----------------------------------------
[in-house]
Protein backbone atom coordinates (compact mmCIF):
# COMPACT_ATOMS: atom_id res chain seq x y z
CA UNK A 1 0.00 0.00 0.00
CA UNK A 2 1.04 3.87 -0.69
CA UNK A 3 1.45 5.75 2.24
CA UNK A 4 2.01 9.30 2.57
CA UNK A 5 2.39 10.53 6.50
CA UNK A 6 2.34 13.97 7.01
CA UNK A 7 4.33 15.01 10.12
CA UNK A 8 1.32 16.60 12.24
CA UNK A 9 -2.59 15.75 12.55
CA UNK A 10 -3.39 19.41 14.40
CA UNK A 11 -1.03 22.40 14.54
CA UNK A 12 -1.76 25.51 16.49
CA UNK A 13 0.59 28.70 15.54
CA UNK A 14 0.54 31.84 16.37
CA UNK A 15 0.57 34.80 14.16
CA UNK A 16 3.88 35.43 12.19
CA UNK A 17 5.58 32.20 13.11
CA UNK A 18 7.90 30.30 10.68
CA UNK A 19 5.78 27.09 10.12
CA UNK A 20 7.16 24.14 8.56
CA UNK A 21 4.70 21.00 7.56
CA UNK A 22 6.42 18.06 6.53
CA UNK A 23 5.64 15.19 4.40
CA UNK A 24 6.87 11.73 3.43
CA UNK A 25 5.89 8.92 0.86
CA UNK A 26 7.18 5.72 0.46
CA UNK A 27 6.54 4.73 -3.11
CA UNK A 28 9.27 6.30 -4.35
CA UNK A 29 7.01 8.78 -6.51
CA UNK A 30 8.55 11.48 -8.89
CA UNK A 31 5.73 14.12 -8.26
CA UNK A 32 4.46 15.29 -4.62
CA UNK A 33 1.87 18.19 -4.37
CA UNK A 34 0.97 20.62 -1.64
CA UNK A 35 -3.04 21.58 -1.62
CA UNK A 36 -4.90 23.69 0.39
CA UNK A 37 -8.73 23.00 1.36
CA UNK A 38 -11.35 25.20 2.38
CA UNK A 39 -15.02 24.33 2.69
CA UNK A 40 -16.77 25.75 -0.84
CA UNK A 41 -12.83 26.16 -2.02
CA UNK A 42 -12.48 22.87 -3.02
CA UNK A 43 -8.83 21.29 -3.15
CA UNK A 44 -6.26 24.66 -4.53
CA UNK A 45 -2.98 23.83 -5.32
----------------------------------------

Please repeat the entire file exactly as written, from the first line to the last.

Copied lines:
[in-house]
Protein backbone atom coordinates (compact mmCIF):
# COMPACT_ATOMS: atom_id res chain seq x y z
CA UNK A 1 0.00 0.00 0.00
CA UNK A 2 1.04 3.87 -0.69
CA UNK A 3 1.45 5.75 2.24
CA UNK A 4 2.01 9.30 2.57
CA UNK A 5 2.39 10.53 6.50
CA UNK A 6 2.34 13.97 7.01
CA UNK A 7 4.33 15.01 10.12
CA UNK A 8 1.32 16.60 12.24
CA UNK A 9 -2.59 15.75 12.55
CA UNK A 10 -3.39 19.41 14.40
CA UNK A 11 -1.03 22.40 14.54
CA UNK A 12 -1.76 25.51 16.49
CA UNK A 13 0.59 28.70 15.54
CA UNK A 14 0.54 31.84 16.37
CA UNK A 15 0.57 34.80 14.16
CA UNK A 16 3.88 35.43 12.19
CA UNK A 17 5.58 32.20 13.11
CA UNK A 18 7.90 30.30 10.68
CA UNK A 19 5.78 27.09 10.12
CA UNK A 20 7.16 24.14 8.56
CA UNK A 21 4.70 21.00 7.56
CA UNK A 22 6.42 18.06 6.53
CA UNK A 23 5.64 15.19 4.40
CA UNK A 24 6.87 11.73 3.43
CA UNK A 25 5.89 8.92 0.86
CA UNK A 26 7.18 5.72 0.46
CA UNK A 27 6.54 4.73 -3.11
CA UNK A 28 9.27 6.30 -4.35
CA UNK A 29 7.01 8.78 -6.51
CA UNK A 30 8.55 11.48 -8.89
CA UNK A 31 5.73 14.12 -8.26
CA UNK A 32 4.46 15.29 -4.62
CA UNK A 33 1.87 18.19 -4.37
CA UNK A 34 0.97 20.62 -1.64
CA UNK A 35 -3.04 21.58 -1.62
CA UNK A 36 -4.90 23.69 0.39
CA UNK A 37 -8.73 23.00 1.36
CA UNK A 38 -11.35 25.20 2.38
CA UNK A 39 -15.02 24.33 2.69
CA UNK A 40 -16.77 25.75 -0.84
CA UNK A 41 -12.83 26.16 -2.02
CA UNK A 42 -12.48 22.87 -3.02
CA UNK A 43 -8.83 21.29 -3.15
CA UNK A 44 -6.26 24.66 -4.53
CA UNK A 45 -2.98 23.83 -5.32